Mesenchymal stem cells exert renoprotection via extracellular vesicle-mediated modulation of M2 macrophages and spleen-kidney network

Mesenchymal stem cells exert renoprotection via extracellular vesicle-mediated modulation of M2 macrophages and spleen-kidney network
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Key Points

  • Adipose mesenchymal stem cells (ASCs) dramatically improved severe nephritis.
  • ASC-derived extracellular vesicles (EVs) were transferred to M2 macrophages, which entered the bloodstream from the spleen. EVs induced the transcriptomic signatures of hyperpolarization and PGE2 stimulation in M2 macrophages and ameliorated glomerulonephritis. 
  • This study presents a possibility for a treatment that would not involve the direct administration of adipose-derived mesenchymal stem cells into the body.

 

Summary   

 Adipose-derived mesenchymal stem cells (ASCs) have shown therapeutic potentials against refractory diseases. However, the detailed therapeutic mechanisms remain unclear. Here, we report the therapeutic actions of human ASCs in nephritis, focusing on cellular dynamics and multi-organ networks. Intravenously-administered ASCs accumulated in the spleen but not kidneys. Nevertheless, ASCs increased M2 macrophages and Tregs in kidneys and drove strong renoprotection. Splenectomy abolished these therapeutic effects. ASC-derived extracellular vesicles (EVs) were transferred to M2 macrophages, which entered the bloodstream from the spleen. EVs induced the transcriptomic signatures of hyperpolarization and PGE2 stimulation in M2 macrophages and ameliorated glomerulonephritis. ASCs, ASC-derived EVs, and EV-transferred M2 macrophages enhanced Treg induction. These findings suggest that EV transfer from spleen-accumulated ASCs to M2 macrophages and subsequent modulation of the renal immune-environment underlie the renoprotective effects of ASCs. Our results provide insights into the therapeutic actions of ASCs, focusing on EV-mediated modulation of macrophages and the spleen-kidney immune network.

 

Research Background

 Mesenchymal stem cells (MSCs) are known to have outstanding regenerative and immunomodulatory properties, and MSCs are expected to be therapeutic for refractory diseases that cannot be treated with existing drugs. Therefore, more than 1,000 clinical trials have been conducted globally to demonstrate the efficacy of MSCs in the treatment of refractory diseases. We are also conducting clinical studies using adipose-derived MSCs (ASCs) for refractory IgA nephropathy. Although MSCs have attracted attention as a new regenerative medicine due to their high therapeutic efficacy and their therapeutic mechanism has been studied intensively, no single molecule has been able to fully explain their mechanism of action. Elucidating the mechanism of action will not only further enhance the therapeutic effects of MSCs, but may also provide clues to drug discovery that could enable treatment without the administration of cells. Up to now, most MSCs studies in animal models have used mouse or rat MSCs, but it is assumed that the actions and mechanisms of MSCs will change with different animal species. Therefore, in this study, we aimed to perform an analysis by using human MSCs to directly address the clinical significance of ASCs. We took a different approach from previous mechanistic analyses based on the molecules, and clarified the action of ASCs by focusing on the dynamics of ASCs in the body and their cell-to-cell communication.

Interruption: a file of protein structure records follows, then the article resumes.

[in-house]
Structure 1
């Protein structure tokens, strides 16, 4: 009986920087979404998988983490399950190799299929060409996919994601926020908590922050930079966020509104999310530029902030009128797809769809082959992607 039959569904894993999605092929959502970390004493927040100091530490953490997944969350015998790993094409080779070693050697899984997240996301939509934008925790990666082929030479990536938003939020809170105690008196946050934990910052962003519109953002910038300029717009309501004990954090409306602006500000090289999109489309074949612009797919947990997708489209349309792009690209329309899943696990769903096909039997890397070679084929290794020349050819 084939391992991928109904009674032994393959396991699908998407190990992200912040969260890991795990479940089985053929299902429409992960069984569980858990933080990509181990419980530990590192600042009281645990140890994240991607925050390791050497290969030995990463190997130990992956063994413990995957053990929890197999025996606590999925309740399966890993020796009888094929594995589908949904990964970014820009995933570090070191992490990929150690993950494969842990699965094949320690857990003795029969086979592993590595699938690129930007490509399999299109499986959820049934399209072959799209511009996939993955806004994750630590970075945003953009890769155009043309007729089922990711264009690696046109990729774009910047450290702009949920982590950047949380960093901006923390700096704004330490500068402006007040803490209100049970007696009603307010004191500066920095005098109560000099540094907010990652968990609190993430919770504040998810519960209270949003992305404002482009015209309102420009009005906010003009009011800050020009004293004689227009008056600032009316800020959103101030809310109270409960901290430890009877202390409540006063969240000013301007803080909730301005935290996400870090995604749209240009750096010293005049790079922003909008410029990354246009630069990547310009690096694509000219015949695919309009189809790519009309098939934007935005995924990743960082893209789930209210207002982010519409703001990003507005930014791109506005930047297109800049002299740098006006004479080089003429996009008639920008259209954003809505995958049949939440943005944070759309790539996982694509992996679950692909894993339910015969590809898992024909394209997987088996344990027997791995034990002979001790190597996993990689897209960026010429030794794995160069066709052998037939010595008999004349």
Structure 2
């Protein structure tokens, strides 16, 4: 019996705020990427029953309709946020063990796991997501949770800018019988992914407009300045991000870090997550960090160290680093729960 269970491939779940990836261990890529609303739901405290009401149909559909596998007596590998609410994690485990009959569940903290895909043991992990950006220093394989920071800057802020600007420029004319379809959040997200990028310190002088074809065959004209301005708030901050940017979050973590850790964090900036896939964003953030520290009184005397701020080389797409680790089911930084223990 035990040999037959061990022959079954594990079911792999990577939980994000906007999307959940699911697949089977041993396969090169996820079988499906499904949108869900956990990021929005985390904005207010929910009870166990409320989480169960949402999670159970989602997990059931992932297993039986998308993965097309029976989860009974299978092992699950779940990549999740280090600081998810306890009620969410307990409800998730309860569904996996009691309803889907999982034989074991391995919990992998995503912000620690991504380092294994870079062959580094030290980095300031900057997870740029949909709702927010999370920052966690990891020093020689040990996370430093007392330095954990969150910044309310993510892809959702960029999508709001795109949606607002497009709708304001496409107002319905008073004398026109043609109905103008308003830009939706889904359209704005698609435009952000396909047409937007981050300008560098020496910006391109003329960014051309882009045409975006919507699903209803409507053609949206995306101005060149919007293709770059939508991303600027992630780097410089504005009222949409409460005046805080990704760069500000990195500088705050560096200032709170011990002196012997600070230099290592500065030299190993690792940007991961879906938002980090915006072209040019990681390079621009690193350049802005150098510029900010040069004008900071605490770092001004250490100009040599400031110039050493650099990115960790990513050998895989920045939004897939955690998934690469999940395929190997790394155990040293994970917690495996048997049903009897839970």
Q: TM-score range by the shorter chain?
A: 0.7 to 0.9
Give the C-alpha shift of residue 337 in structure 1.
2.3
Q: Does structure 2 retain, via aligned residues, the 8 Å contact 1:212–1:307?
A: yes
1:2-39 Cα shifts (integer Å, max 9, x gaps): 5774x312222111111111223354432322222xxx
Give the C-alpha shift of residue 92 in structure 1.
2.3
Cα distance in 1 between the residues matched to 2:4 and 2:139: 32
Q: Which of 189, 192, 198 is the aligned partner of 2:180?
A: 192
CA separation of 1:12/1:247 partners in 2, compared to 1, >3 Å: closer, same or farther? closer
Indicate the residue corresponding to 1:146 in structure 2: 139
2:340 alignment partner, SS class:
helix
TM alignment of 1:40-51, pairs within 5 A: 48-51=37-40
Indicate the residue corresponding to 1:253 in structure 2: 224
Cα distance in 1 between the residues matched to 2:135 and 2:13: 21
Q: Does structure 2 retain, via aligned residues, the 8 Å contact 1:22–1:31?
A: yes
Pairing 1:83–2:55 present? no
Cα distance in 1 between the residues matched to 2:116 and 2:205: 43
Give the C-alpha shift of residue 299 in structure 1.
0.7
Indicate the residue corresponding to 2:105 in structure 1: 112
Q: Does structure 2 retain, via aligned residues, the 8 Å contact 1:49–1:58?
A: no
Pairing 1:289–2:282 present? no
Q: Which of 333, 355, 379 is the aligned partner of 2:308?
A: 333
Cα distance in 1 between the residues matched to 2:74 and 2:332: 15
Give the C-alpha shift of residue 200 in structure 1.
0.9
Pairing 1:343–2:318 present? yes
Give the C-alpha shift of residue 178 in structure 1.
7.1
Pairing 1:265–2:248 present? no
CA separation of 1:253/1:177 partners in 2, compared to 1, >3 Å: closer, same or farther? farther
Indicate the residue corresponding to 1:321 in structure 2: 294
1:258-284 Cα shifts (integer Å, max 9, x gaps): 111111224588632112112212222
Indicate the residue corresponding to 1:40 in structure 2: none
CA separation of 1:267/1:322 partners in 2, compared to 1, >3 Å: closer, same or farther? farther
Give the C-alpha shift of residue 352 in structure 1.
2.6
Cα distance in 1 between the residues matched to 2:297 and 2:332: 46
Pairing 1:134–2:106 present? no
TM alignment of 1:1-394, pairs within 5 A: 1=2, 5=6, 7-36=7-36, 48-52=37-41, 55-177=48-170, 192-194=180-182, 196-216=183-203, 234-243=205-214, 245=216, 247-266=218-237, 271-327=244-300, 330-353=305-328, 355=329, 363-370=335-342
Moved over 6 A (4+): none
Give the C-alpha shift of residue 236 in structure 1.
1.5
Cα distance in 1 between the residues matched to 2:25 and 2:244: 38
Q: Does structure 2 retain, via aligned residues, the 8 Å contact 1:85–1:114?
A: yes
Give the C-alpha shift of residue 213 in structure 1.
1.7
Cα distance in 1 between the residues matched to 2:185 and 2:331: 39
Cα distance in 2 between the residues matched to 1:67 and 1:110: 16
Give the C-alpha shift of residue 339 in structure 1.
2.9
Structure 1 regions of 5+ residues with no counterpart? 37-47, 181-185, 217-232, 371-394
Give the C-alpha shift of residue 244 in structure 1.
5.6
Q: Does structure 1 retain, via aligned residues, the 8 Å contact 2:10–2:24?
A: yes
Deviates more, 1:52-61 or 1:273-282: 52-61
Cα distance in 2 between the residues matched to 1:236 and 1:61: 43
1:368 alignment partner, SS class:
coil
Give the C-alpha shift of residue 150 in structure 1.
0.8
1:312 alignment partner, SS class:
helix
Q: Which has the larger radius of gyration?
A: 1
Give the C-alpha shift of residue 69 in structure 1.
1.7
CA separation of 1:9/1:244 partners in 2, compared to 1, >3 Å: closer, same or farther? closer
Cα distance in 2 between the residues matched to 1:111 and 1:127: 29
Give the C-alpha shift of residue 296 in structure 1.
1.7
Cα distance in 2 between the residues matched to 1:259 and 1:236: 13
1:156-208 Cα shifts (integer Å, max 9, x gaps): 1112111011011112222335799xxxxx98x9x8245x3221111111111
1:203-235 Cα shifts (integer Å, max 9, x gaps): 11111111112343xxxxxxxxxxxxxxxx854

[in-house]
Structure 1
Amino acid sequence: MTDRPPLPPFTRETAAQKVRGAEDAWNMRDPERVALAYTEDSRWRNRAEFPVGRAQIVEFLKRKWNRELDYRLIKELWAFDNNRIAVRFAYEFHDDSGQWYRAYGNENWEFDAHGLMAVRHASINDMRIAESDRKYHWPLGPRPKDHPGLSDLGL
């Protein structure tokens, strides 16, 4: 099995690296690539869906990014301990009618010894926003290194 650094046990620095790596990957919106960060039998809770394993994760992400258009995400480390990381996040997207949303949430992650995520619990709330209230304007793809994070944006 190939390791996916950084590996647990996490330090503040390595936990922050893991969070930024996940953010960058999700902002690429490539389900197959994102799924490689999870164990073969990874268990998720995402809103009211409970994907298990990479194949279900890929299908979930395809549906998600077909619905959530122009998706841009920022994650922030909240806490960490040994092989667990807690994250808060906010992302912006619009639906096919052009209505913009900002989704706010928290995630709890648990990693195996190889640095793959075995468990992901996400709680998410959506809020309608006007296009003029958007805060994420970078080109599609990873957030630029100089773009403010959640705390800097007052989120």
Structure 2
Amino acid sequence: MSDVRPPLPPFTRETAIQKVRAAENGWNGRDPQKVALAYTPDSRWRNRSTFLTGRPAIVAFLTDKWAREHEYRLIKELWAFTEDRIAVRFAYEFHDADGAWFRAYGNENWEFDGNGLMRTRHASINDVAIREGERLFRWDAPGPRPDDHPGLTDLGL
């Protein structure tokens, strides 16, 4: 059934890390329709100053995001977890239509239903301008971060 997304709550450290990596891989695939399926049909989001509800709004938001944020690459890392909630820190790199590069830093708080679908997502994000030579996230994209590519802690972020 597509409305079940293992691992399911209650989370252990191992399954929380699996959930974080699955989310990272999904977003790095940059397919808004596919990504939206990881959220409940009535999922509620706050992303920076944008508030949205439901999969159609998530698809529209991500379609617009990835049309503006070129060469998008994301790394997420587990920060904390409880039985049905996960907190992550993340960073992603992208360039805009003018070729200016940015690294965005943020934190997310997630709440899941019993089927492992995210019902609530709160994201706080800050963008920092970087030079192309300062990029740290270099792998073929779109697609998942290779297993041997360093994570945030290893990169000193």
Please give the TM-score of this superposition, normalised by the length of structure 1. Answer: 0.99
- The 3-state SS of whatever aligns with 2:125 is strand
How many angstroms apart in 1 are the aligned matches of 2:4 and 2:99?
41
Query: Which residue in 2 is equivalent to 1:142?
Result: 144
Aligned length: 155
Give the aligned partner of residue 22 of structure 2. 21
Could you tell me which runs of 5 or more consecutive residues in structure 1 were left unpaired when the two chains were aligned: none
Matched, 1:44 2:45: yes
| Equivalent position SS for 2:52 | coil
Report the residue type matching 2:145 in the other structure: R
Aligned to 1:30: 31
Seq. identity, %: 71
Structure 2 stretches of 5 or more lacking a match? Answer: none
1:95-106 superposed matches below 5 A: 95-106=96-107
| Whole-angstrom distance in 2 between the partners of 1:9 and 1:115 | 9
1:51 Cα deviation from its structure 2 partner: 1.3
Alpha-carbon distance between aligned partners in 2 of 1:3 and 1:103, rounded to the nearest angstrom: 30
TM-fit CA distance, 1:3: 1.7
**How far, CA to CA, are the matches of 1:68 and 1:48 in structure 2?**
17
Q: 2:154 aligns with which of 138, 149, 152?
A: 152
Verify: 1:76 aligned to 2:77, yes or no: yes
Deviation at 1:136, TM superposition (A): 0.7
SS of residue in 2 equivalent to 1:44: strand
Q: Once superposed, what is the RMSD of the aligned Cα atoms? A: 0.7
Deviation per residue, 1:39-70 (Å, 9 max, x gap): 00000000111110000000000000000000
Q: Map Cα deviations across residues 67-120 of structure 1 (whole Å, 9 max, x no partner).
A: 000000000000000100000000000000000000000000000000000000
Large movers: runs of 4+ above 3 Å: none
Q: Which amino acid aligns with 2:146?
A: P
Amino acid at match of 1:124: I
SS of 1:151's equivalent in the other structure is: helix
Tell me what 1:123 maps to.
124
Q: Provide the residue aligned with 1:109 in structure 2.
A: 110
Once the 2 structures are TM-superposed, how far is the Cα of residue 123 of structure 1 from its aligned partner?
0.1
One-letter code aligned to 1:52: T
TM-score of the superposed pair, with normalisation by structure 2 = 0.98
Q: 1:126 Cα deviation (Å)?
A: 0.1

Research Results

 We report the therapeutic potential of human ASCs for nephritis, focusing on in vivo cellular dynamics and multi-organ networks. Intravenously-administered ASCs accumulated in the spleen but not the kidneys. Nevertheless, ASCs increased M2 macrophages and Tregs in the damaged kidney, decreased neutrophils and M1 macrophages, and drove strong renoprotection. Splenectomy abolished these therapeutic effects. Flow cytometry analysis revealed that ASC-derived extracellular vesicles (EVs) were specifically transferred to M2 macrophages, and intravital microscopy imaging demonstrated that EV-transferred macrophages entered the bloodstream from the spleen. EVs induced the transcriptomic signatures of macrophage activation and PGE2 stimulation in M2 macrophages and partially ameliorated glomerulonephritis. Furthermore, ASCs, ASC-derived EVs, and EV-transferred M2 macrophages enhanced Treg induction in T cells. These findings collectively suggest that specific EV transfer from spleen-accumulated ASCs to M2 macrophages and subsequent modulation of the kidney immune environment underlie the renoprotective effects of ASCs. Our results provide insights into the therapeutic mechanisms of ASCs, focusing on EV-mediated modulation of macrophages and the spleen-kidney immune network, which may lead to the maximized potential of cell therapies in clinical settings.

 

Research Summary and Future Perspective

 Our laboratory has focused on adipose-derived mesenchymal stem cells (ASCs) because they are easier to harvest than bone marrow and have superior proliferative potential. In this study, we found that ASCs have a higher immunomodulatory and organ-protective potential than bone marrow-derived MSCs. In the future, we hope to apply ASCs clinically as a novel treatment for various refractory inflammatory diseases in addition to nephritis. We will apply the action of ASCs elucidated in this study to therapies that enhance the therapeutic potential of ASCs, and further advance them to new therapies using EVs that would not involve the direct administration of adipose-derived mesenchymal stem cells into the body.